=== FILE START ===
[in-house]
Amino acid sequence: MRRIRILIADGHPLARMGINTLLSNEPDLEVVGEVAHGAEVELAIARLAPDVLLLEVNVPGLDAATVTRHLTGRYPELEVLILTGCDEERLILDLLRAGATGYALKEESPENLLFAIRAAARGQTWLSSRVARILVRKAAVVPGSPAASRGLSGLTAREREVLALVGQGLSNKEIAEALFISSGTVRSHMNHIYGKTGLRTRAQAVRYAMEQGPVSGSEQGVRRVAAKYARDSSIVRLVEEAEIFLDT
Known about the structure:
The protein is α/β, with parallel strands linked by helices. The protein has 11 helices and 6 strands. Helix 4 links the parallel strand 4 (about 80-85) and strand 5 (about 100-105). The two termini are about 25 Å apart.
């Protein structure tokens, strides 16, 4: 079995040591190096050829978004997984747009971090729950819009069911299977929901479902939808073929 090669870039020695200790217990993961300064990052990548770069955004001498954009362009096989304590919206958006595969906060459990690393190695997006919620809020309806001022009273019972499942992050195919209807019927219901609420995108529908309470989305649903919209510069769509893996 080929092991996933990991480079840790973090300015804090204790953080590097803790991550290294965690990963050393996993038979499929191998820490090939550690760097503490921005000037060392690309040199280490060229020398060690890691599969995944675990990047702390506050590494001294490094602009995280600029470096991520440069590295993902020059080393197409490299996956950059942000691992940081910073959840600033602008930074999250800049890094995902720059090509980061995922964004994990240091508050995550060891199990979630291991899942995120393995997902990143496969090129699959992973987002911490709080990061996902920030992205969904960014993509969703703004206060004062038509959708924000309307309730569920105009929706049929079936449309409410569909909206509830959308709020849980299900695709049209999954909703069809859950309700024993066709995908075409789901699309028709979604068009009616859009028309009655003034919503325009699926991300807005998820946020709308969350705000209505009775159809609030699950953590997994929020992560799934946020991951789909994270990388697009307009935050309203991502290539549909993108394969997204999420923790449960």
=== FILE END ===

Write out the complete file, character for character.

[in-house]
Amino acid sequence: MRRIRILIADGHPLARMGINTLLSNEPDLEVVGEVAHGAEVELAIARLAPDVLLLEVNVPGLDAATVTRHLTGRYPELEVLILTGCDEERLILDLLRAGATGYALKEESPENLLFAIRAAARGQTWLSSRVARILVRKAAVVPGSPAASRGLSGLTAREREVLALVGQGLSNKEIAEALFISSGTVRSHMNHIYGKTGLRTRAQAVRYAMEQGPVSGSEQGVRRVAAKYARDSSIVRLVEEAEIFLDT
Known about the structure:
The protein is α/β, with parallel strands linked by helices. The protein has 11 helices and 6 strands. Helix 4 links the parallel strand 4 (about 80-85) and strand 5 (about 100-105). The two termini are about 25 Å apart.
């Protein structure tokens, strides 16, 4: 079995040591190096050829978004997984747009971090729950819009069911299977929901479902939808073929 090669870039020695200790217990993961300064990052990548770069955004001498954009362009096989304590919206958006595969906060459990690393190695997006919620809020309806001022009273019972499942992050195919209807019927219901609420995108529908309470989305649903919209510069769509893996 080929092991996933990991480079840790973090300015804090204790953080590097803790991550290294965690990963050393996993038979499929191998820490090939550690760097503490921005000037060392690309040199280490060229020398060690890691599969995944675990990047702390506050590494001294490094602009995280600029470096991520440069590295993902020059080393197409490299996956950059942000691992940081910073959840600033602008930074999250800049890094995902720059090509980061995922964004994990240091508050995550060891199990979630291991899942995120393995997902990143496969090129699959992973987002911490709080990061996902920030992205969904960014993509969703703004206060004062038509959708924000309307309730569920105009929706049929079936449309409410569909909206509830959308709020849980299900695709049209999954909703069809859950309700024993066709995908075409789901699309028709979604068009009616859009028309009655003034919503325009699926991300807005998820946020709308969350705000209505009775159809609030699950953590997994929020992560799934946020991951789909994270990388697009307009935050309203991502290539549909993108394969997204999420923790449960």